Time to take a stand against state-sponsored cyber attacks

May 10, 2013
Former FCC cybersecurity official discusses steps the government needs to take to combat threat

Earlier this week, the Pentagon issued a report accusing the Chinese government and military of conducting cyber attacks against the U.S. in an effort to gather intelligence on diplomatic, economic and defense programs. This follows a report released earlier this year by cybersecurity firm Mandiant, which also accused the Chinese military of carrying out cyber attacks against more than 140 companies, the majority of them American. Neither of these reports, however, came as shock to those who have worked in or followed the information security industry for any length of time as China has frequently been accused, either directly or indirectly, of perpetrating such attacks for years.

According to retired Navy Rear Adm. James Barnett, who formerly served as chief of public safety and homeland security at the Federal Communications Commission, one of the problems historically with accusing China of these cyber intrusions is being able to directly link them to the crime.

"The major problem in dealing with state-sponsored cyber theft or cyber espionage directed against our defense industry is attribution," says Barnett, who currently heads the cybersecurity practice at Washington law firm Venable LLP. "The Chinese government has always said 'hey, we have not done criminal activity, you’re pointing the finger the wrong way because we’re not for cyber crime.' The Mandiant report was significant. It is circumstantial evidence, but it is strong circumstantial evidence that (a Chinese military unit) was involved in cyber crime. They linked it to direct things they have been doing."

Barnett says what is interesting is the timing behind the releases of these two reports, which could indicate the building of a case by the U.S. against China where they can no longer use "plausible deniability" as an excuse.  

"I think what we’re seeing is the laying of groundwork for a more diplomatic approach to suppressing this," explained Barnett. "Will that be effective? Perhaps not, but it is certainly something that has been lacking in the past. Things that you may see come after that is probably behind the scenes discussions about this and perhaps, in the future, we’re going to see some type of sanctions that may come about as a result of this."

Another variable in this cyber game of cat and mouse is the role of private industry and the responsibility they have in securing their network infrastructure. This was a major impetus behind the cybersecurity executive order issued earlier this year by President Barack Obama, which gives government agencies a year to devise a "baseline framework" for cybersecurity that incorporates industry best practices and also requires the intelligence community to share possible threats that could impact businesses considered to be part of the nation’s critical infrastructure.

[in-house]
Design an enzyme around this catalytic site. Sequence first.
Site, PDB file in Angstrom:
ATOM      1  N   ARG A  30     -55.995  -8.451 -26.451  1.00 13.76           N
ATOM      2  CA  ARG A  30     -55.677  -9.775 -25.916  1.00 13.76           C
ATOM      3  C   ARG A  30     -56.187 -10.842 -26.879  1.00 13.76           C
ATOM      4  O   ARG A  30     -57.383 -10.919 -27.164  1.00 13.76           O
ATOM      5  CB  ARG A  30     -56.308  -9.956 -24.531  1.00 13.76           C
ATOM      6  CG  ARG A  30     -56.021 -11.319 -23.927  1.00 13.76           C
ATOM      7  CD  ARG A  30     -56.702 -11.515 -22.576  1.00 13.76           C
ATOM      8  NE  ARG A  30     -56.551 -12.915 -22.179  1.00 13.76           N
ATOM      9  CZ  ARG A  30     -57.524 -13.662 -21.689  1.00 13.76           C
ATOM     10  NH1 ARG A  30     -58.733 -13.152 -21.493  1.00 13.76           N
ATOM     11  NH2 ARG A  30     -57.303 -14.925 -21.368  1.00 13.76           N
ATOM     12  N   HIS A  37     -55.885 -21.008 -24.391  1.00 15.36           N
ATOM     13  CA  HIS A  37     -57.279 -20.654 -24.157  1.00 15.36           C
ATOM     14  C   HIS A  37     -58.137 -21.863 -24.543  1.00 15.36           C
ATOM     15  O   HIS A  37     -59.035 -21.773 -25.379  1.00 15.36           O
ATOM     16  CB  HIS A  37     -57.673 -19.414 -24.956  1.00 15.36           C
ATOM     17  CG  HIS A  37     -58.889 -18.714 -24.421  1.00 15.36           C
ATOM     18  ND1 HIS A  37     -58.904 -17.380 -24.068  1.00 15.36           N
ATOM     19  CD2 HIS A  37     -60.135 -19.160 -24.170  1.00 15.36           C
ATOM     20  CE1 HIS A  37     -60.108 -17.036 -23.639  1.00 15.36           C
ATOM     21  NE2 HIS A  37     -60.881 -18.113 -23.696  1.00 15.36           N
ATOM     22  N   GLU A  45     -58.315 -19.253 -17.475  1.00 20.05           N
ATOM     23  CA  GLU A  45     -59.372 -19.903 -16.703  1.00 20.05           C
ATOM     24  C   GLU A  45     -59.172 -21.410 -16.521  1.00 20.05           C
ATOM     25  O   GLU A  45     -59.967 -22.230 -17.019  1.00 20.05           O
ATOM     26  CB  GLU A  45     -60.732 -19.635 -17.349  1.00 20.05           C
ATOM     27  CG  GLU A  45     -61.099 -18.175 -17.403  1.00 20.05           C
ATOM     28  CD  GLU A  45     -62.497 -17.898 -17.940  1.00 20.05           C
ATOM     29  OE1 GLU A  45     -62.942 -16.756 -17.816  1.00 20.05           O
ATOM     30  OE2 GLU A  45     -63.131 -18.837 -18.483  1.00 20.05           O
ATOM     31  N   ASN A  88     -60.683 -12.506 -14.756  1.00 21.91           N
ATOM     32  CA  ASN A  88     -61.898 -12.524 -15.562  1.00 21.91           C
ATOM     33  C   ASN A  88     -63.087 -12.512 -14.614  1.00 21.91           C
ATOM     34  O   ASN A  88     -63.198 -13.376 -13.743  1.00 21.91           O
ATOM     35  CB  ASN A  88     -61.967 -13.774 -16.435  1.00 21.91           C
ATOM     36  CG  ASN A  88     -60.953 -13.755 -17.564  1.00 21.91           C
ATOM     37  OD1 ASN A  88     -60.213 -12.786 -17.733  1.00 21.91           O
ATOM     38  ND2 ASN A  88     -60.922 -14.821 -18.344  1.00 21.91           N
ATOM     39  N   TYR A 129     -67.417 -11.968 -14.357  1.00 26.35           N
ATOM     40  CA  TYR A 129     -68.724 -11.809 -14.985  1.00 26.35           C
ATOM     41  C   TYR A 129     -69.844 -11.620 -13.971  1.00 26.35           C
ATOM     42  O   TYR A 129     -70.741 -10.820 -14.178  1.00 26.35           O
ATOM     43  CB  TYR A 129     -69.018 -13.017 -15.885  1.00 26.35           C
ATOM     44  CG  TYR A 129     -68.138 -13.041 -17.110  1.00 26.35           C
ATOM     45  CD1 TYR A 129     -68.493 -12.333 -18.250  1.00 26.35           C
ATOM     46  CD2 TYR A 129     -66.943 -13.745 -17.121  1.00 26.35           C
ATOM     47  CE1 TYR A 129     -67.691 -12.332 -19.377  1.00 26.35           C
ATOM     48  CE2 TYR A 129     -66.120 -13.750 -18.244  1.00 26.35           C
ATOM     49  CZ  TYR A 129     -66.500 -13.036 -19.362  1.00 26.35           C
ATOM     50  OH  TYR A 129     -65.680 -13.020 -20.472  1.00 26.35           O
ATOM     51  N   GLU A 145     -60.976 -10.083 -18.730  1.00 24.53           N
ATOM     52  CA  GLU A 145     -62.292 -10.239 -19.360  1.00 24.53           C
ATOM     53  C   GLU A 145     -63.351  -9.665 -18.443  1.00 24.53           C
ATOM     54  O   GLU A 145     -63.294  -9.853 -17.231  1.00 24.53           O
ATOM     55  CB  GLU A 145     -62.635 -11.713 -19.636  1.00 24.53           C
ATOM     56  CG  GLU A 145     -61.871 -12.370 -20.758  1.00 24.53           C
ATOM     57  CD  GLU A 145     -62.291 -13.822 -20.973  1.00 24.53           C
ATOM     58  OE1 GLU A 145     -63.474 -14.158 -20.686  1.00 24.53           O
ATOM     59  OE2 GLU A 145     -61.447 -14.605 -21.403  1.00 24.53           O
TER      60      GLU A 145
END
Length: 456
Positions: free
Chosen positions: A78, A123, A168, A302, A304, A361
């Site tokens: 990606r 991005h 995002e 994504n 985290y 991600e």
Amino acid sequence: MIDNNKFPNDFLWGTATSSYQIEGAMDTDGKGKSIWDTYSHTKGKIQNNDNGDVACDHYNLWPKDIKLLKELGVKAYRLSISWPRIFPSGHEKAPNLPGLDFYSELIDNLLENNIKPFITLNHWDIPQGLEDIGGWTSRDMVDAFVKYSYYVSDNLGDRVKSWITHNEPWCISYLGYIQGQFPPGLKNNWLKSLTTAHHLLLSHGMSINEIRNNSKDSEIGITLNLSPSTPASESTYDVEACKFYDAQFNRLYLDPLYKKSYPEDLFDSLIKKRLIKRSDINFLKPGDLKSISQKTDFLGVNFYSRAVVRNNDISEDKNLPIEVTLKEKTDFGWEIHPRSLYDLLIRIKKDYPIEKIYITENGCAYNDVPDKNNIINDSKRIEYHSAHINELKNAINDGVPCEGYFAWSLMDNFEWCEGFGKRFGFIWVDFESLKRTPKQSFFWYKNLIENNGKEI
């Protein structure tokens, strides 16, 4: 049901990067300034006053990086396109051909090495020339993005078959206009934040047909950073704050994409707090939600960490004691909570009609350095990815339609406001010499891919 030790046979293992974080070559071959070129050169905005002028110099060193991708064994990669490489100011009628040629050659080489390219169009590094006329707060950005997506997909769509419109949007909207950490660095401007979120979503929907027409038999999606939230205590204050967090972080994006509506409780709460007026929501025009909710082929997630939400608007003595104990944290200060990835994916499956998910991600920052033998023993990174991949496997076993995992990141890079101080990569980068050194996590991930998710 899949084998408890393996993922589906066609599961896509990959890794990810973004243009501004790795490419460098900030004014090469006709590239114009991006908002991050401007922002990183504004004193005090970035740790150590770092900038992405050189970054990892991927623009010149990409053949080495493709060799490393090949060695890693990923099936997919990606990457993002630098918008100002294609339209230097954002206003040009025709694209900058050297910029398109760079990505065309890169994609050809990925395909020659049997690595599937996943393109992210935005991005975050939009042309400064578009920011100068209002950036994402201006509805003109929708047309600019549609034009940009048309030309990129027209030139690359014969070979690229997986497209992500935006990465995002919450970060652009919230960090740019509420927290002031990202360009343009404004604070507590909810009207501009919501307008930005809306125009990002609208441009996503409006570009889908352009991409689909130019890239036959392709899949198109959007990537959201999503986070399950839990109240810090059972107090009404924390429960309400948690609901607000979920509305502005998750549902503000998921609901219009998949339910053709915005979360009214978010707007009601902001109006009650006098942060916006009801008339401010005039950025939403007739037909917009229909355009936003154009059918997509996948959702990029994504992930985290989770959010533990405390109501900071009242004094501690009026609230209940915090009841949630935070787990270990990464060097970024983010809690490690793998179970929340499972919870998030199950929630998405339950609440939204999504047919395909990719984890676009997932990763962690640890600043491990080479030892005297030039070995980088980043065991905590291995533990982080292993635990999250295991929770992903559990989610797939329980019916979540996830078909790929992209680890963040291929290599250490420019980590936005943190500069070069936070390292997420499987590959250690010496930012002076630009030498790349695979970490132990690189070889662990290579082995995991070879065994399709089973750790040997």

"I think one of the things we’re going to see this year with the executive order is a raising of the bar and everyone recognizing that you’re not going to be able to keep everyone out completely, but we’re not going to be in the situation of our defense industry where you’re unaware, for a significant amount of time, that you’ve got somebody in your system," Barnett says. "I think one of the principles that is going to have to be recognized is that this is a domain where the frontline is and always will be held by privately operated industries, not the government," Barnett says.

However, Barnett believes that the federal government will have to go beyond just intelligence sharing and actually provide private industry with incentives to bolster their cybersecurity posture. "The government can play the role of providing a security market. In other words, basically saying 'industry, the dollar that you spend on securing your networks, securing your information is going to be incentivized by tax breaks or tax credits,'" Barnett says. Another way to possibly incentivize private industry, according to Barnett, is to limit their liability when it comes to intrusions if they take proper security precautions. However, he says none of these things will be possible with the partisan gridlock that has taken hold in Washington.  

While many have characterized these alleged breaches by the Chinese as "cyber warfare," Barnett believes that the situation is much more analogous to sea piracy.

"Back in the 1400s there were great improvements in navigation and there was a lot more commerce at sea. Immediately after that, you saw piracy spring up and piracy was a major aspect of sea commerce for about 300 years until nations developed tools and laws to fight it," Barnett explained. "Today, we hear about piracy, but it is generally a front page story because it is so unusual. There are different places in the world where it exists, but no one would say it’s a major factor in commerce at sea. Right now, the Internet is a domain that’s like a new ocean… but there’s piracy and we have to develop the organization, laws and the tools to be able to coordinate among the nations to fight it. But we’re really at the beginning of that."

Despite the severity of this issue and the increasing frequency with which our networks – both public and private – are being intruded upon, many people still don’t take it that seriously. Barnett pointed out that after every major disruption we’ve had as a country, the government has been reorganized after the fact to better respond to it such as the creation of the Department of Homeland Security after the Sept. 11 terror attacks. If we don’t wake up to the current dangers posed by state-sponsored cyber attacks, be it from China or some other nation, we will likely be reorganizing the government again and creating another bureaucracy to deal with the threat.